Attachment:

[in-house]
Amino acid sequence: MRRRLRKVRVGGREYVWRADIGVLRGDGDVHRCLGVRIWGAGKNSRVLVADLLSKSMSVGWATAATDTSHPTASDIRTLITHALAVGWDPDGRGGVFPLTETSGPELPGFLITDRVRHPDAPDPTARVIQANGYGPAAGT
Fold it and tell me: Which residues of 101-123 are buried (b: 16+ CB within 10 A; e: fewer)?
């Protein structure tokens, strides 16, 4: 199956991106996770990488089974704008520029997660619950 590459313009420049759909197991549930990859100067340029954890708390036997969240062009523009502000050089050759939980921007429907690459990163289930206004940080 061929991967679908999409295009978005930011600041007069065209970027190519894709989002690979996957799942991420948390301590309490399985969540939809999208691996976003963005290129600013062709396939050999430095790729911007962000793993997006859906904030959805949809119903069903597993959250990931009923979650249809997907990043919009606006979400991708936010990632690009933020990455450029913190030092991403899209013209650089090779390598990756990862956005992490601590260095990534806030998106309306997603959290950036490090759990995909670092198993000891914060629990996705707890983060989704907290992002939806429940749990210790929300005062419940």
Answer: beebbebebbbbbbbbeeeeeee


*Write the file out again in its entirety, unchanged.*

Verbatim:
[in-house]
Amino acid sequence: MRRRLRKVRVGGREYVWRADIGVLRGDGDVHRCLGVRIWGAGKNSRVLVADLLSKSMSVGWATAATDTSHPTASDIRTLITHALAVGWDPDGRGGVFPLTETSGPELPGFLITDRVRHPDAPDPTARVIQANGYGPAAGT
Fold it and tell me: Which residues of 101-123 are buried (b: 16+ CB within 10 A; e: fewer)?
């Protein structure tokens, strides 16, 4: 199956991106996770990488089974704008520029997660619950 590459313009420049759909197991549930990859100067340029954890708390036997969240062009523009502000050089050759939980921007429907690459990163289930206004940080 061929991967679908999409295009978005930011600041007069065209970027190519894709989002690979996957799942991420948390301590309490399985969540939809999208691996976003963005290129600013062709396939050999430095790729911007962000793993997006859906904030959805949809119903069903597993959250990931009923979650249809997907990043919009606006979400991708936010990632690009933020990455450029913190030092991403899209013209650089090779390598990756990862956005992490601590260095990534806030998106309306997603959290950036490090759990995909670092198993000891914060629990996705707890983060989704907290992002939806429940749990210790929300005062419940």
Answer: beebbebebbbbbbbbeeeeeee